Project labour agreements stifle marketplace competition

Imagine you’re looking for a new high-def TV. If you’re like most consumers, you’d shop around for the best TV possible – the biggest screen, the most features, the sharpest picture – all for the best possible price.

Or, you could go to a store, agree to the minimum price you will pay, then sign a contract that will let the store decide the features, the screen size and ultimately which TV will be delivered.

I don’t know anyone who would use Scenario 2 to buy a TV – but that’s just the sort of approach Vancouver City Coun. Geoff Meggs is advocating in his Business in Vancouver column on project labour agreements (PLAs) (“Major corporations spearheading revival of project labour agreements,” – issue 1087; August 24-30).

A PLA is the exclusive awarding of a contract to building trade union firms in exchange for the “promise” of labour peace. What’s delivered is higher construction costs, lower productivity and an inability to shop around for innovative contractors. Qualified open-shop contractors who could make better value bids and employees who wish to work non-union are banned from the project.

The peace promise comes from the smallest part of the construction industry – the building trades that do a mere 15% of the work in B.C. The open-shop sector does 85% of the construction work in B.C. So the people who do 15% of the work promise labour peace – as long as the people who are always peaceful and do 85% of the work are excluded. Simply, it’s buying fire insurance from an arsonist.

The Vancouver Island Highway project of the 1990s is a close-to-home example of a PLA in action. Thanks to the deal handed to unions by the NDP government of the day, taxpayers and island drivers paid $72 million in higher costs that resulted in overpasses being scrapped and replaced with stoplights. They got less for more.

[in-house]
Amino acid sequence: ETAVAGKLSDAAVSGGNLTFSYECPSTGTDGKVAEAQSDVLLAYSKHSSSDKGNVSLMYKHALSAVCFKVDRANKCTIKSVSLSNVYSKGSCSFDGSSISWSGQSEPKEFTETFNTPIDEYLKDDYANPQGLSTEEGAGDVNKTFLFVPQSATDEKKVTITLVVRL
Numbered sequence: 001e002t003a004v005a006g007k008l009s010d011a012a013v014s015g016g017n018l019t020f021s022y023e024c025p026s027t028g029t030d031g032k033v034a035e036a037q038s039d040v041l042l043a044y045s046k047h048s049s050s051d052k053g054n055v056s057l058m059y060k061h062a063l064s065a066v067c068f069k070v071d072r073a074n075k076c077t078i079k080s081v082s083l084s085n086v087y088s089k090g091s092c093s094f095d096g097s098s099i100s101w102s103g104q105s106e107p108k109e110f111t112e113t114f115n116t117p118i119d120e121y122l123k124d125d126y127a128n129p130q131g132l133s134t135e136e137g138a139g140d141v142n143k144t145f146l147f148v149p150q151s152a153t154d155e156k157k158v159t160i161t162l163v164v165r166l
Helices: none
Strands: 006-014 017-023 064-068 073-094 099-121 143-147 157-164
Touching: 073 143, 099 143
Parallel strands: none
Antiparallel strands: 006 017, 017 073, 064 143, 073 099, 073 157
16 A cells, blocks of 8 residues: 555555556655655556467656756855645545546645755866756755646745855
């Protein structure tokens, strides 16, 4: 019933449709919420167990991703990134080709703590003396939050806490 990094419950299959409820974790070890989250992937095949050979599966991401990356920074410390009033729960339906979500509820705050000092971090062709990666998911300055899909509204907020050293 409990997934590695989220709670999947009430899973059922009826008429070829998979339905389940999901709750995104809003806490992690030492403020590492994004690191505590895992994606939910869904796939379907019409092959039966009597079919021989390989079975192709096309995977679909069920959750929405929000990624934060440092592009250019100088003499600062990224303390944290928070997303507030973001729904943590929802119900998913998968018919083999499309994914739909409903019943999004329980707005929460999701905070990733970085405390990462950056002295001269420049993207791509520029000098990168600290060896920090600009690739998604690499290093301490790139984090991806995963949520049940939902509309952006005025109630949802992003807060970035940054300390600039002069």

Back before the Olympics, the construction trades lobbied hard to have a PLA slapped onto the Games. Without one – they warned – project costs would escalate, labour strife would reign and Vancouver would be lucky to have its venues ready in time to welcome the world.

Thanks to vigorous opposition to the idea, there was no PLA for Vancouver 2010 venues. The result? Construction and upgrade projects like the Richmond Oval, the Sea-to-Sky Highway, the $2 billion Canada Line and the Whistler Sliding Centre were completed on time and on budget; some were ready early and under budget.

All the open-shop sector wants is to bring its innovation to the table in a competitive playing field where all contractors can bid and work on projects regardless of union affiliation.

Meggs’ article even shows the spirit in action – the work being done on the new Port Mann Bridge. As Meggs states, there’s “an overarching agreement with the Christian Labour Association of Canada,” but “so many subcontracts with union firms that a solid majority of the project is being built union.”

That crystallizes the difference between big labour and the open-shop sector. Open-shop believes everyone gets the chance to compete – and work. Big labour wants complete control and to exclude – and let someone else pay the price.

Philip Hochstein is the president of the Independent Contractors and Businesses Association